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Less physical activity and more varied and disrupted sleep is associated with a less favorable metabolic profile in adolescents

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dc.contributor Háskóli Íslands
dc.contributor University of Iceland
dc.contributor.author Rögnvaldsdóttir, Vaka
dc.contributor.author Brychta, Robert
dc.contributor.author Hrafnkelsdóttir, Soffía M.
dc.contributor.author Chen, Kong Y.
dc.contributor.author Arngrímsson, Sigurbjörn Árni
dc.contributor.author Johannsson, Erlingur
dc.contributor.author Gudmundsdottir, Sigridur Lara
dc.date.accessioned 2021-01-14T09:20:27Z
dc.date.available 2021-01-14T09:20:27Z
dc.date.issued 2020-05-15
dc.identifier.citation Rognvaldsdottir V, Brychta RJ, Hrafnkelsdottir SM, Chen KY, Arngrimsson SA, Johannsson E, et al. (2020) Less physical activity and more varied and disrupted sleep is associated with a less favorable metabolic profile in adolescents. PLoS ONE 15(5): e0229114. https://doi.org/10.1371/journal.pone.0229114
dc.identifier.issn 1932-6203
dc.identifier.uri https://hdl.handle.net/20.500.11815/2362
dc.description Publisher's version (útgefin grein)
dc.description.abstract Background: Sleep and physical activity are modifiable behaviors that play an important role in preventing overweight, obesity, and metabolic health problems. Studies of the association between concurrent objective measures of sleep, physical activity, and metabolic risk factors among adolescents are limited. Objective: The aim of the study was to examine the association between metabolic risk factors and objectively measured school day physical activity and sleep duration, quality, onset, and variability in adolescents. Materials and methods: We measured one school week of free-living sleep and physical activity with wrist actigraphy in 252 adolescents (146 girls), aged 15.8±0.3 years. Metabolic risk factors included body mass index, waist circumference, total body and trunk fat percentage, resting blood pressure, and fasting glucose and insulin levels. Multiple linear regression adjusted for sex, parental education, and day length was used to assess associations between metabolic risk factors and sleep and activity parameters. Results: On average, participants went to bed at 00:22±0.88 hours and slept 6.2±0.7 hours/night, with 0.83±0.36 hours of awakenings/night. However, night-to-night variability in sleep duration was considerable (mean ± interquartile range) 0.75±0.55 hours) and bedtime (0.64±0.53 hours) respectively. Neither average sleep duration nor mean bedtime was associated with any metabolic risk factors. However, greater night-to-night variability in sleep duration and bedtime was associated with higher total body and trunk fat percentage, and less physical activity was associated with higher trunk fat percentage and insulin levels. Conclusion: Greater nightly variation in sleep duration and in bedtime and less physical activity were associated with a less favorable metabolic profile in adolescents. These findings support the idea that, along with an adequate amount of physical activity, a regular sleep schedule is important for the metabolic health of adolescents.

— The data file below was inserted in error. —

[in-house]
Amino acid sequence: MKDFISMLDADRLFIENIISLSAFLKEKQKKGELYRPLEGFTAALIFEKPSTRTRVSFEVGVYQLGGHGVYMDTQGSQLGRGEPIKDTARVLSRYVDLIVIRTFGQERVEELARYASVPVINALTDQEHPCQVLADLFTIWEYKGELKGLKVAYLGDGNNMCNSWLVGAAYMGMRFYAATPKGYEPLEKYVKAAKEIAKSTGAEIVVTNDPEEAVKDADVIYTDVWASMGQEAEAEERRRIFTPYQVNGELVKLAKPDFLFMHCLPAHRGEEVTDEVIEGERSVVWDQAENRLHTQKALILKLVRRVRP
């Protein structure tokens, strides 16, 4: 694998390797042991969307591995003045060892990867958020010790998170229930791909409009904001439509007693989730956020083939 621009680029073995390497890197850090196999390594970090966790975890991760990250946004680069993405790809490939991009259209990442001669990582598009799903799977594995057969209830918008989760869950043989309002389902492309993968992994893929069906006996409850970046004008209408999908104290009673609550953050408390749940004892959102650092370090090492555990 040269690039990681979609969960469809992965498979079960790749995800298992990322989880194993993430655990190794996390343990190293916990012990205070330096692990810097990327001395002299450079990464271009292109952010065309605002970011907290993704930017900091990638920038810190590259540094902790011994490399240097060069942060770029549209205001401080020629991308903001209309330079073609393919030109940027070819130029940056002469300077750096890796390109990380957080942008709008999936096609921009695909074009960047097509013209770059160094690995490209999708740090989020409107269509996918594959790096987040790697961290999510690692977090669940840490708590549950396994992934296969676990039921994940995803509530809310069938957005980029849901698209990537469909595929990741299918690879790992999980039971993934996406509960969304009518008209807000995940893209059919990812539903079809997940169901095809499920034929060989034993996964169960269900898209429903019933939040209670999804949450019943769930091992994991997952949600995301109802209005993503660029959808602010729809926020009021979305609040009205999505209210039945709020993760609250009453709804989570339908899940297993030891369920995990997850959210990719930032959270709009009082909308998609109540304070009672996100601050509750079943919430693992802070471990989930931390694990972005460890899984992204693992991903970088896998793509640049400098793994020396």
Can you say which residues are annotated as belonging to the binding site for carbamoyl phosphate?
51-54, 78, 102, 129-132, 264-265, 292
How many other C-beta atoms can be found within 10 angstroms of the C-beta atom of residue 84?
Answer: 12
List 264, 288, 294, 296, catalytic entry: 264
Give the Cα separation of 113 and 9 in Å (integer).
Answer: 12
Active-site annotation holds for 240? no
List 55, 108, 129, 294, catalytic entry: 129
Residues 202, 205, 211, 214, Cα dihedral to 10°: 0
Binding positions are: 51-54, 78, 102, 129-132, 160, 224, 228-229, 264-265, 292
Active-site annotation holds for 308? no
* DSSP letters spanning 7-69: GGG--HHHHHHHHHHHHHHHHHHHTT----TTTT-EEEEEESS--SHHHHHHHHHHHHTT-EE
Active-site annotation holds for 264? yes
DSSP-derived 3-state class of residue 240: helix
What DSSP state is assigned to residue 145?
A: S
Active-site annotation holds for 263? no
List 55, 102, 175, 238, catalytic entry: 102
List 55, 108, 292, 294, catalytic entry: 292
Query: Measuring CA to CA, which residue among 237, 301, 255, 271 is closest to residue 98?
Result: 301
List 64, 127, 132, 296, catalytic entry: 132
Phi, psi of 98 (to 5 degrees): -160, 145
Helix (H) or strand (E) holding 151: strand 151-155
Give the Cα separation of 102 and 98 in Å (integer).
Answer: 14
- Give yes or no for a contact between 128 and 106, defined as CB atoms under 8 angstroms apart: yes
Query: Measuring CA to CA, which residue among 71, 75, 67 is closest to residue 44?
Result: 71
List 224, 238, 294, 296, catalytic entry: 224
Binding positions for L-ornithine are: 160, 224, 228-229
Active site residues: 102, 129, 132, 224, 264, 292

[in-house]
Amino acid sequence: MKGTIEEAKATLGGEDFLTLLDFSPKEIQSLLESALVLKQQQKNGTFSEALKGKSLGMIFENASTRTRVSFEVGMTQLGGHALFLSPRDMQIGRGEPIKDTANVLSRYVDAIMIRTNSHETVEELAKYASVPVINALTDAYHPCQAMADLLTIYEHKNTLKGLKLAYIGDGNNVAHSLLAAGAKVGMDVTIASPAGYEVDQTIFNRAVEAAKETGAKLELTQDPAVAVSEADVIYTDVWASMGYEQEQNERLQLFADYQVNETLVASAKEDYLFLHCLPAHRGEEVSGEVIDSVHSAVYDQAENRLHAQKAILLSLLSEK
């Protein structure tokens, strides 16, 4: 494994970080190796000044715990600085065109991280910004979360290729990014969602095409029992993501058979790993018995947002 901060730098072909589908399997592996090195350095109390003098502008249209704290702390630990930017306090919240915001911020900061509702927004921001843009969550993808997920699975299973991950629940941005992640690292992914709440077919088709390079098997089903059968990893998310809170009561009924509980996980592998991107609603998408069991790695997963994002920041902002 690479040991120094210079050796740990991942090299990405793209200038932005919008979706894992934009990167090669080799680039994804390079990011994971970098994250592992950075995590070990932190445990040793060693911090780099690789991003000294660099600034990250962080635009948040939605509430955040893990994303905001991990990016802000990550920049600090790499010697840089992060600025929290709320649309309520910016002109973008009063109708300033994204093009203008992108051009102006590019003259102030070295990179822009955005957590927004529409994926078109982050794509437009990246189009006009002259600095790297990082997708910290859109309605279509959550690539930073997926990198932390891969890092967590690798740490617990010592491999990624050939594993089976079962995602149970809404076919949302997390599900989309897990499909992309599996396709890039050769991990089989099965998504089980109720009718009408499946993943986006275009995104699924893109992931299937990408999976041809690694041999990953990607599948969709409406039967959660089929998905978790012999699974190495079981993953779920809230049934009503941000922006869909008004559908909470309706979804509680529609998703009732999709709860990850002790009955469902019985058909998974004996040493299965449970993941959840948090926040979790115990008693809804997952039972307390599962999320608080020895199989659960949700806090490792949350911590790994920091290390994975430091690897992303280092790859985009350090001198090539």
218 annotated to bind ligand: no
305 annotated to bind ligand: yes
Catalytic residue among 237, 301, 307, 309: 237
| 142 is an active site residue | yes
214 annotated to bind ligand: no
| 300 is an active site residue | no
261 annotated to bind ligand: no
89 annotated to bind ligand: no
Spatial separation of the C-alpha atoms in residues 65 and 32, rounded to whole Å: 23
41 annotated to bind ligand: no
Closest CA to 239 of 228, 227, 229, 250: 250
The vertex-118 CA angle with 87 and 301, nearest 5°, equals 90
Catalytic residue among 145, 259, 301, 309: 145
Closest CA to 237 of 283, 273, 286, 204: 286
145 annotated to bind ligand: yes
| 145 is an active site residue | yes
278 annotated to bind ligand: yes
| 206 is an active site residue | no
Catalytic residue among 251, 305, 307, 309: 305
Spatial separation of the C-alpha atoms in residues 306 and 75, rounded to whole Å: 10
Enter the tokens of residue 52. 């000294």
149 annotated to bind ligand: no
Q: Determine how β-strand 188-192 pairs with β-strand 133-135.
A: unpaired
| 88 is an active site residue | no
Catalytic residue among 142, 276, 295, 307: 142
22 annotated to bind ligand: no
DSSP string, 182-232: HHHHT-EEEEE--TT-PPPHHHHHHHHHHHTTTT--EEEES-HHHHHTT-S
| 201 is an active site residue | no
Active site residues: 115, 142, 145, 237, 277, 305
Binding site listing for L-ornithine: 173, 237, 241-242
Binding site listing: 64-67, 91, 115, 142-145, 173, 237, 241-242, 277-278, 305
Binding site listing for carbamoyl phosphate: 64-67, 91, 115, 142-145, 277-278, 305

dc.description.sponsorship VR had financial support by The Icelandic Centre for Research (RANNIS) The funders had no role in study design, data collection and analysis, decision to publish, or preparation of the manuscript.
dc.format.extent e0229114
dc.language.iso en
dc.publisher Public Library of Science (PLoS)
dc.relation.ispartofseries PLOS ONE;15(5)
dc.rights info:eu-repo/semantics/openAccess
dc.subject Sleep
dc.subject Physical activity
dc.subject Adolescents
dc.subject Insulin
dc.subject Blood pressure
dc.subject Svefn
dc.subject Hreyfing (heilsurækt)
dc.subject Ungt fólk
dc.subject Heilsufar
dc.title Less physical activity and more varied and disrupted sleep is associated with a less favorable metabolic profile in adolescents
dc.type info:eu-repo/semantics/article
dcterms.license This is an open access article distributed under the terms of the Creative Commons Attribution License, which permits unrestricted use, distribution, and reproduction in any medium, provided the original author and source are credited.
dc.description.version Peer Reviewed
dc.identifier.journal Plos One
dc.identifier.doi 10.1371/journal.pone.0229114
dc.relation.url https://dx.plos.org/10.1371/journal.pone.0229114
dc.contributor.department Rannsóknarstofa í íþrótta- og heilsufræði (HÍ)
dc.contributor.department Research Centre for Sport and Health Sciences (UI)

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